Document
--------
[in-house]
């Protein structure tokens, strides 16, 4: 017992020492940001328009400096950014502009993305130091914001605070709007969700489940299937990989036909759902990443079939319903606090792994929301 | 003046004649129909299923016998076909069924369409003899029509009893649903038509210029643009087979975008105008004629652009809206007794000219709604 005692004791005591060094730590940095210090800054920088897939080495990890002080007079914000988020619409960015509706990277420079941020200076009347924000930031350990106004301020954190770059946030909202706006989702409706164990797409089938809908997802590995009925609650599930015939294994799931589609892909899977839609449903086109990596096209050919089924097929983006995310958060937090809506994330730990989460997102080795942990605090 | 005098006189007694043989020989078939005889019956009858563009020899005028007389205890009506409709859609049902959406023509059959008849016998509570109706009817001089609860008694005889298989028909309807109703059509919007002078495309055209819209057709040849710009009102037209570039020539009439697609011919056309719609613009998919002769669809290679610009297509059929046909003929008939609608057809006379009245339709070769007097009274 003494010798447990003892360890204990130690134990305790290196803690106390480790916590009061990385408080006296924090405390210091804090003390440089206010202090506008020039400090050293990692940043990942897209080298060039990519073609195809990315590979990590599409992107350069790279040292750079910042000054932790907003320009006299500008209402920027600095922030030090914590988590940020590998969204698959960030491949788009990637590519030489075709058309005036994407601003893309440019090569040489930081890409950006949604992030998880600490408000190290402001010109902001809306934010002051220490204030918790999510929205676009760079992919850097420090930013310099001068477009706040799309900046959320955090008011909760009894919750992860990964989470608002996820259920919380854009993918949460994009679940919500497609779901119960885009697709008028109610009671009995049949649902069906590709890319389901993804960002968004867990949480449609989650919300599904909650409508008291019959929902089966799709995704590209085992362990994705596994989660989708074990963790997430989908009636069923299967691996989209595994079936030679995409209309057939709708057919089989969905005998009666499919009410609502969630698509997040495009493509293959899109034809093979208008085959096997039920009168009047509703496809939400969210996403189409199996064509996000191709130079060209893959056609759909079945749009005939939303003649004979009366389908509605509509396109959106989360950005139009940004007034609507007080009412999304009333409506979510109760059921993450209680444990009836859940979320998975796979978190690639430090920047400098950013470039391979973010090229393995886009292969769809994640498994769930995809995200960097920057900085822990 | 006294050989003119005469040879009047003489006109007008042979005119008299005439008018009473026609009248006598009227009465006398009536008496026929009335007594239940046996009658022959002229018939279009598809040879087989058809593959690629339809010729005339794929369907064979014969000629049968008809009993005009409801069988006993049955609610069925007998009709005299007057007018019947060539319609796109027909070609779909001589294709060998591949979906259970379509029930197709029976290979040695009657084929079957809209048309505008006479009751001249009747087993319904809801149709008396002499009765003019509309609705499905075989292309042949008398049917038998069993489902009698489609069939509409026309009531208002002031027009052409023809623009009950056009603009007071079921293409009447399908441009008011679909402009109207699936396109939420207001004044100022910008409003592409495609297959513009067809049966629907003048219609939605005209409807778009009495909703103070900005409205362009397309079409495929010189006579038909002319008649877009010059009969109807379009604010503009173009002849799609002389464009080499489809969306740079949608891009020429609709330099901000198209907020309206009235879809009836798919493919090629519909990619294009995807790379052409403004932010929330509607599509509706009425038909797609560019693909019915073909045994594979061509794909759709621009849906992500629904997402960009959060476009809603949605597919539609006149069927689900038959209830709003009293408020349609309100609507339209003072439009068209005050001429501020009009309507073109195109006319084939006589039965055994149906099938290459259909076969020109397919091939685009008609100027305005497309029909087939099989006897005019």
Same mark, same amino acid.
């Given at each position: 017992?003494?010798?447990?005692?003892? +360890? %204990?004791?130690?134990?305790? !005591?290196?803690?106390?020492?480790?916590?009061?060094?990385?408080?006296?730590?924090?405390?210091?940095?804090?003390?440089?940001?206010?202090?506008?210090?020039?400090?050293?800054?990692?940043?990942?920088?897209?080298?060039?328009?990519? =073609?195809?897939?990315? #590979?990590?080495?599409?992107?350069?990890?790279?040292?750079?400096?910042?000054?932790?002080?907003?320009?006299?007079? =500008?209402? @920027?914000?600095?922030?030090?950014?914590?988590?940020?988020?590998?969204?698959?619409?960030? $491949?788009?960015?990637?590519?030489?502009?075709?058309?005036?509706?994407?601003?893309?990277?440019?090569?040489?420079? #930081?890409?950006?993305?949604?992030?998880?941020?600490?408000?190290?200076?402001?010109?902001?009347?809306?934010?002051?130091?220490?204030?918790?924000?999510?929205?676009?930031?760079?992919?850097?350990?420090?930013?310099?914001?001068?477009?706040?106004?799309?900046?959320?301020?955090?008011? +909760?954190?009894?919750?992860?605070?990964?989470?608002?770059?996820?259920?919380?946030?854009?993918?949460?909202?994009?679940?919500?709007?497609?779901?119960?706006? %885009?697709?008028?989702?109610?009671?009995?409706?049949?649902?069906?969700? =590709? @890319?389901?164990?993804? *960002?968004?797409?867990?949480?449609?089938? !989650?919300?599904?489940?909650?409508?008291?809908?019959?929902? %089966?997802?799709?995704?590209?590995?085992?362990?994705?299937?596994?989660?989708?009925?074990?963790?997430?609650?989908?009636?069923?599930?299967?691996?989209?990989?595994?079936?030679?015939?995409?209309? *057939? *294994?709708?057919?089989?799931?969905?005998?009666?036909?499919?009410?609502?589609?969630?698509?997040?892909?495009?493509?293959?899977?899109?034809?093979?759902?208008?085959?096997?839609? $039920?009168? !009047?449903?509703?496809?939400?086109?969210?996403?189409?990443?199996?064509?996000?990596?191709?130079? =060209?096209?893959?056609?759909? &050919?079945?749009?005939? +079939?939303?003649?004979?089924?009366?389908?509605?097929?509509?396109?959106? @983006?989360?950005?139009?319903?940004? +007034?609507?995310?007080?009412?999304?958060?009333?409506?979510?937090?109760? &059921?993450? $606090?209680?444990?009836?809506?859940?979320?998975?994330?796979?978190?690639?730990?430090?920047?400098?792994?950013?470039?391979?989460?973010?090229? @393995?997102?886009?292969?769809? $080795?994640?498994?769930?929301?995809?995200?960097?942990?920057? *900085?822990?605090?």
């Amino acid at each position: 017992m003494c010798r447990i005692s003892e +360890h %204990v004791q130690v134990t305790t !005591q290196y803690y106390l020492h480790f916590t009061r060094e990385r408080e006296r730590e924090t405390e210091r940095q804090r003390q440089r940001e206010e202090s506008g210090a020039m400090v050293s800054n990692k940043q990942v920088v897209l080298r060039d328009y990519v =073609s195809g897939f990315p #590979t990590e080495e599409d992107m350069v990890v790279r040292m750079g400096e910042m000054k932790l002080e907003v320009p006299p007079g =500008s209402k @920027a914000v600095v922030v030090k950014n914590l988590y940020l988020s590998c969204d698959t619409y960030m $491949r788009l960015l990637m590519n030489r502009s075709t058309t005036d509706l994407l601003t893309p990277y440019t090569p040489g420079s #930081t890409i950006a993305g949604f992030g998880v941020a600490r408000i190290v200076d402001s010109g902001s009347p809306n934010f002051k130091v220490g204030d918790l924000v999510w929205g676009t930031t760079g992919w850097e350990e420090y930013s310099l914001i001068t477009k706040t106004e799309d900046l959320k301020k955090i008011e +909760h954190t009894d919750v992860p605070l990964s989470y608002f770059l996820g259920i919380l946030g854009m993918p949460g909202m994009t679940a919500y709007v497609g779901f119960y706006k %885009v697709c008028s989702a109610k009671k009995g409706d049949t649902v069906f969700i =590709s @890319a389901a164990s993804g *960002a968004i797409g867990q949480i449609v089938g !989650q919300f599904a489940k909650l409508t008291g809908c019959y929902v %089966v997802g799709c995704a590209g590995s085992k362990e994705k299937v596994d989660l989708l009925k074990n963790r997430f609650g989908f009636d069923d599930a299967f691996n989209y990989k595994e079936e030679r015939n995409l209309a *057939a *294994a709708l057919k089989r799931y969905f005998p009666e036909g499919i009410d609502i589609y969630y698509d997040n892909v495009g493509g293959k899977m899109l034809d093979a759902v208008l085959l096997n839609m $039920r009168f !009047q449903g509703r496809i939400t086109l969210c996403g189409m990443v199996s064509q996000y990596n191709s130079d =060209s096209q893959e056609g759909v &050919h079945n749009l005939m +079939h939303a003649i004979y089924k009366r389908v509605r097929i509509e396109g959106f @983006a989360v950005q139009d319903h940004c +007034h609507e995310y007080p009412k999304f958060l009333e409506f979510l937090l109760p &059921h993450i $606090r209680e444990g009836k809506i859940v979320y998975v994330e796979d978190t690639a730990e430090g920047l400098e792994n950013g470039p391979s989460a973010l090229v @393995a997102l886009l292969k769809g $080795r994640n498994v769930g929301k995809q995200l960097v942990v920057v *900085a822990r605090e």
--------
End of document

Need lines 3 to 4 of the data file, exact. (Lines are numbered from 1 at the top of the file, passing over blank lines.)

Same mark, same amino acid.
């Given at each position: 017992?003494?010798?447990?005692?003892? +360890? %204990?004791?130690?134990?305790? !005591?290196?803690?106390?020492?480790?916590?009061?060094?990385?408080?006296?730590?924090?405390?210091?940095?804090?003390?440089?940001?206010?202090?506008?210090?020039?400090?050293?800054?990692?940043?990942?920088?897209?080298?060039?328009?990519? =073609?195809?897939?990315? #590979?990590?080495?599409?992107?350069?990890?790279?040292?750079?400096?910042?000054?932790?002080?907003?320009?006299?007079? =500008?209402? @920027?914000?600095?922030?030090?950014?914590?988590?940020?988020?590998?969204?698959?619409?960030? $491949?788009?960015?990637?590519?030489?502009?075709?058309?005036?509706?994407?601003?893309?990277?440019?090569?040489?420079? #930081?890409?950006?993305?949604?992030?998880?941020?600490?408000?190290?200076?402001?010109?902001?009347?809306?934010?002051?130091?220490?204030?918790?924000?999510?929205?676009?930031?760079?992919?850097?350990?420090?930013?310099?914001?001068?477009?706040?106004?799309?900046?959320?301020?955090?008011? +909760?954190?009894?919750?992860?605070?990964?989470?608002?770059?996820?259920?919380?946030?854009?993918?949460?909202?994009?679940?919500?709007?497609?779901?119960?706006? %885009?697709?008028?989702?109610?009671?009995?409706?049949?649902?069906?969700? =590709? @890319?389901?164990?993804? *960002?968004?797409?867990?949480?449609?089938? !989650?919300?599904?489940?909650?409508?008291?809908?019959?929902? %089966?997802?799709?995704?590209?590995?085992?362990?994705?299937?596994?989660?989708?009925?074990?963790?997430?609650?989908?009636?069923?599930?299967?691996?989209?990989?595994?079936?030679?015939?995409?209309? *057939? *294994?709708?057919?089989?799931?969905?005998?009666?036909?499919?009410?609502?589609?969630?698509?997040?892909?495009?493509?293959?899977?899109?034809?093979?759902?208008?085959?096997?839609? $039920?009168? !009047?449903?509703?496809?939400?086109?969210?996403?189409?990443?199996?064509?996000?990596?191709?130079? =060209?096209?893959?056609?759909? &050919?079945?749009?005939? +079939?939303?003649?004979?089924?009366?389908?509605?097929?509509?396109?959106? @983006?989360?950005?139009?319903?940004? +007034?609507?995310?007080?009412?999304?958060?009333?409506?979510?937090?109760? &059921?993450? $606090?209680?444990?009836?809506?859940?979320?998975?994330?796979?978190?690639?730990?430090?920047?400098?792994?950013?470039?391979?989460?973010?090229? @393995?997102?886009?292969?769809? $080795?994640?498994?769930?929301?995809?995200?960097?942990?920057? *900085?822990?605090?």